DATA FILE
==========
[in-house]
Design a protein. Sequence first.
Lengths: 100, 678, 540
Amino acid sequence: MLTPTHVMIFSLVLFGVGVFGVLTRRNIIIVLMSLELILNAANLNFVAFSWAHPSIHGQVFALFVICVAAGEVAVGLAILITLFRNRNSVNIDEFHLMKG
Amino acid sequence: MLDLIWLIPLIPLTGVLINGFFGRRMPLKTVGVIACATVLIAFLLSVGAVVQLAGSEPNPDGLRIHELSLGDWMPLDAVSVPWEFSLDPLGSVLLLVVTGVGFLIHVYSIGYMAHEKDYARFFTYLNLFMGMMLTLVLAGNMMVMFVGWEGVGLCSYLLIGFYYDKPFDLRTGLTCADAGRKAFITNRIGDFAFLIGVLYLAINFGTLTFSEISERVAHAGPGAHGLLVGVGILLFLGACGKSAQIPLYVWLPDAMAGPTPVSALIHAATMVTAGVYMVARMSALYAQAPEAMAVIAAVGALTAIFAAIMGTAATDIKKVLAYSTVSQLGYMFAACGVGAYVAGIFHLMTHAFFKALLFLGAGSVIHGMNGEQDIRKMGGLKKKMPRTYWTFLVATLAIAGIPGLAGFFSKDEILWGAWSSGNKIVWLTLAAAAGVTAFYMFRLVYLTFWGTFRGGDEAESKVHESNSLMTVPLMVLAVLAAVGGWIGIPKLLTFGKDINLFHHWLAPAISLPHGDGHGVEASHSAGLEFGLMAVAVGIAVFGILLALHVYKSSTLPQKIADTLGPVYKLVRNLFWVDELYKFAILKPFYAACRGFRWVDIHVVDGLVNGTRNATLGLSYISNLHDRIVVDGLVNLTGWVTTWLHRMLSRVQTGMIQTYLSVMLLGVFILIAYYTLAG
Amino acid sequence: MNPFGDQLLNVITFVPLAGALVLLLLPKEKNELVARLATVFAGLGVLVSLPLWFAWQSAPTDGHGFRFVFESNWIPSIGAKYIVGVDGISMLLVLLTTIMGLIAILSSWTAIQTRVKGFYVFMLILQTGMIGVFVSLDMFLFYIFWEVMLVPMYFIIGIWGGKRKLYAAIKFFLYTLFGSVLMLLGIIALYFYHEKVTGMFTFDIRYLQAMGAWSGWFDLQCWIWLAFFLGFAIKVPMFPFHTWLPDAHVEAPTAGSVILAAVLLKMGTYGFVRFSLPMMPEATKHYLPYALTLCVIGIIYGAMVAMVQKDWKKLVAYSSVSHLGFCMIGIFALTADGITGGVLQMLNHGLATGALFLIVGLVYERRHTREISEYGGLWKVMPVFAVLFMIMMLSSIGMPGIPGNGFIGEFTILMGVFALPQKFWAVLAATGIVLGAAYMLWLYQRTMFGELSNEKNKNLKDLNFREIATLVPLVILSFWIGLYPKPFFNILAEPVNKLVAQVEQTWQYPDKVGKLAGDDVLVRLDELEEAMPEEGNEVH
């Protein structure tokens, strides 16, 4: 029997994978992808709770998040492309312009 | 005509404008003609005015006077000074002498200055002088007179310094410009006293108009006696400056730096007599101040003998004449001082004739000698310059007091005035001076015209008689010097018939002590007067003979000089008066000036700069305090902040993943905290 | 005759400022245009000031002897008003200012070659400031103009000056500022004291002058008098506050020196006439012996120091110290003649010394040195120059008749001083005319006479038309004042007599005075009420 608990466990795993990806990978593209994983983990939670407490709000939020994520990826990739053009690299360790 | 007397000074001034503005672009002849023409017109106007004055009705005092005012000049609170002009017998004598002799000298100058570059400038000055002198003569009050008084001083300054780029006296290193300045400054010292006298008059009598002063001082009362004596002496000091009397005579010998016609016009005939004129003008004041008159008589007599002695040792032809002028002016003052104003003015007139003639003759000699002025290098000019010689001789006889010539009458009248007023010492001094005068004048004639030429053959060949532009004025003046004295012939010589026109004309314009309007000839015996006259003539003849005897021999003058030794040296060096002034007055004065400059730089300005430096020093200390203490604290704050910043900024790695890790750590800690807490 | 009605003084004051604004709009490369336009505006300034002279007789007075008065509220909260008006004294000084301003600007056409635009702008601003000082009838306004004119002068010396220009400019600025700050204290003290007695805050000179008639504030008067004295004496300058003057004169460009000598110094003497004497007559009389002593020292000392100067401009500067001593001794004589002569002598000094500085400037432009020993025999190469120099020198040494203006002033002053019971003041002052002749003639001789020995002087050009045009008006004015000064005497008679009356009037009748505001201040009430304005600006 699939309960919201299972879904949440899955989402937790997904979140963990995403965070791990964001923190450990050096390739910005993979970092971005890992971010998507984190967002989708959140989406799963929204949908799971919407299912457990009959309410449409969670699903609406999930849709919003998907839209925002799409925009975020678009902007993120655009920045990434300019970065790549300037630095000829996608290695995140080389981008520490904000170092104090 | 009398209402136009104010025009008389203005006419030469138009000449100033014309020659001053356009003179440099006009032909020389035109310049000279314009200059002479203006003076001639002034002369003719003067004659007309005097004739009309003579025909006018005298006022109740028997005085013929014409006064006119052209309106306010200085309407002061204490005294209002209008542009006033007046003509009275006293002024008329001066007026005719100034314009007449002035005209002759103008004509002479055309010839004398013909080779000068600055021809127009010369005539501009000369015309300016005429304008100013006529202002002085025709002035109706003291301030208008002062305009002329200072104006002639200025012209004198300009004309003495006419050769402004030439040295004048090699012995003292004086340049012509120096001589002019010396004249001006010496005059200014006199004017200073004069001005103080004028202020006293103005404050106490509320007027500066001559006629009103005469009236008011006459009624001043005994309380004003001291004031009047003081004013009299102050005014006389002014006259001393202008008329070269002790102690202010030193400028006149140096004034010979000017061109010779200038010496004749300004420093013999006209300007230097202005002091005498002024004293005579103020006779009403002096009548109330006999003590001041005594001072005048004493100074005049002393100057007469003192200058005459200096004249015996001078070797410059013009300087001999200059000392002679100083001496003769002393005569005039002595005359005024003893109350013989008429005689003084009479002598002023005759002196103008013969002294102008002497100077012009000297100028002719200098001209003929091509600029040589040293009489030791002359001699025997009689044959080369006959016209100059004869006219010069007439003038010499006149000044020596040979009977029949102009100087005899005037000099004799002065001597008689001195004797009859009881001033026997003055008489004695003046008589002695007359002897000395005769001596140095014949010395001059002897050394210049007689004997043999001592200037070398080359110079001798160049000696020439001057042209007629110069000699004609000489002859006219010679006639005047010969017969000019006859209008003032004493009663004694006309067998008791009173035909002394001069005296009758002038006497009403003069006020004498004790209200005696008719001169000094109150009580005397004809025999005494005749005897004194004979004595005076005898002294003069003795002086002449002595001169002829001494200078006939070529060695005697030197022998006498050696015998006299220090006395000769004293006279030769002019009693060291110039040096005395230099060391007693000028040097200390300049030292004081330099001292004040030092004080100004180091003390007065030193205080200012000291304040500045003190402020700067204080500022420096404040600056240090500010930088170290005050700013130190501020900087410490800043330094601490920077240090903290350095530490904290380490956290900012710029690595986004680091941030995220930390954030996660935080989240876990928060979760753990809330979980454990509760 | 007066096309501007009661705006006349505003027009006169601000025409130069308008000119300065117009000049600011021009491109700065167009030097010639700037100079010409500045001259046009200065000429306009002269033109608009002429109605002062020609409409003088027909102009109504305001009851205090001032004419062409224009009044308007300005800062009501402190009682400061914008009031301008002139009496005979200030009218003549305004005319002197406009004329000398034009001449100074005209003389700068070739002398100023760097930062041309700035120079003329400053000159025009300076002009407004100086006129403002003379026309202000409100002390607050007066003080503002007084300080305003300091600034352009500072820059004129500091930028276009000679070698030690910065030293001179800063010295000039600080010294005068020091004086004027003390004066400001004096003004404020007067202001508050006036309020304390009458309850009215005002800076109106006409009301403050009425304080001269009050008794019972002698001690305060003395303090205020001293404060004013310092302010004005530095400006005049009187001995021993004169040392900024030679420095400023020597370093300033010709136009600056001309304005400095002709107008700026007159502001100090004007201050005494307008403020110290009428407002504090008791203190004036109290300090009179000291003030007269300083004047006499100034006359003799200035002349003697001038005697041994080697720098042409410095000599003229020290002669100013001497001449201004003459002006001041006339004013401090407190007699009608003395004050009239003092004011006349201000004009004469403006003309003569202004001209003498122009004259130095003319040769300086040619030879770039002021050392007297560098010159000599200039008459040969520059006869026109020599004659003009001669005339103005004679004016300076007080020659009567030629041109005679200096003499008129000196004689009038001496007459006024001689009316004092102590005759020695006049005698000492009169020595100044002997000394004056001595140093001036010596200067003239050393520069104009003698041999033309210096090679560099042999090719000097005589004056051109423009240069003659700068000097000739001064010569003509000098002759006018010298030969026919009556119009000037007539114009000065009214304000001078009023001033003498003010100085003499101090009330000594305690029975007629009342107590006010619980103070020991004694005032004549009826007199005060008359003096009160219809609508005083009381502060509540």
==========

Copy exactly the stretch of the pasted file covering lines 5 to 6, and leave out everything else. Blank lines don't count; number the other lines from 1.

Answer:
Amino acid sequence: MLDLIWLIPLIPLTGVLINGFFGRRMPLKTVGVIACATVLIAFLLSVGAVVQLAGSEPNPDGLRIHELSLGDWMPLDAVSVPWEFSLDPLGSVLLLVVTGVGFLIHVYSIGYMAHEKDYARFFTYLNLFMGMMLTLVLAGNMMVMFVGWEGVGLCSYLLIGFYYDKPFDLRTGLTCADAGRKAFITNRIGDFAFLIGVLYLAINFGTLTFSEISERVAHAGPGAHGLLVGVGILLFLGACGKSAQIPLYVWLPDAMAGPTPVSALIHAATMVTAGVYMVARMSALYAQAPEAMAVIAAVGALTAIFAAIMGTAATDIKKVLAYSTVSQLGYMFAACGVGAYVAGIFHLMTHAFFKALLFLGAGSVIHGMNGEQDIRKMGGLKKKMPRTYWTFLVATLAIAGIPGLAGFFSKDEILWGAWSSGNKIVWLTLAAAAGVTAFYMFRLVYLTFWGTFRGGDEAESKVHESNSLMTVPLMVLAVLAAVGGWIGIPKLLTFGKDINLFHHWLAPAISLPHGDGHGVEASHSAGLEFGLMAVAVGIAVFGILLALHVYKSSTLPQKIADTLGPVYKLVRNLFWVDELYKFAILKPFYAACRGFRWVDIHVVDGLVNGTRNATLGLSYISNLHDRIVVDGLVNLTGWVTTWLHRMLSRVQTGMIQTYLSVMLLGVFILIAYYTLAG
Amino acid sequence: MNPFGDQLLNVITFVPLAGALVLLLLPKEKNELVARLATVFAGLGVLVSLPLWFAWQSAPTDGHGFRFVFESNWIPSIGAKYIVGVDGISMLLVLLTTIMGLIAILSSWTAIQTRVKGFYVFMLILQTGMIGVFVSLDMFLFYIFWEVMLVPMYFIIGIWGGKRKLYAAIKFFLYTLFGSVLMLLGIIALYFYHEKVTGMFTFDIRYLQAMGAWSGWFDLQCWIWLAFFLGFAIKVPMFPFHTWLPDAHVEAPTAGSVILAAVLLKMGTYGFVRFSLPMMPEATKHYLPYALTLCVIGIIYGAMVAMVQKDWKKLVAYSSVSHLGFCMIGIFALTADGITGGVLQMLNHGLATGALFLIVGLVYERRHTREISEYGGLWKVMPVFAVLFMIMMLSSIGMPGIPGNGFIGEFTILMGVFALPQKFWAVLAATGIVLGAAYMLWLYQRTMFGELSNEKNKNLKDLNFREIATLVPLVILSFWIGLYPKPFFNILAEPVNKLVAQVEQTWQYPDKVGKLAGDDVLVRLDELEEAMPEEGNEVH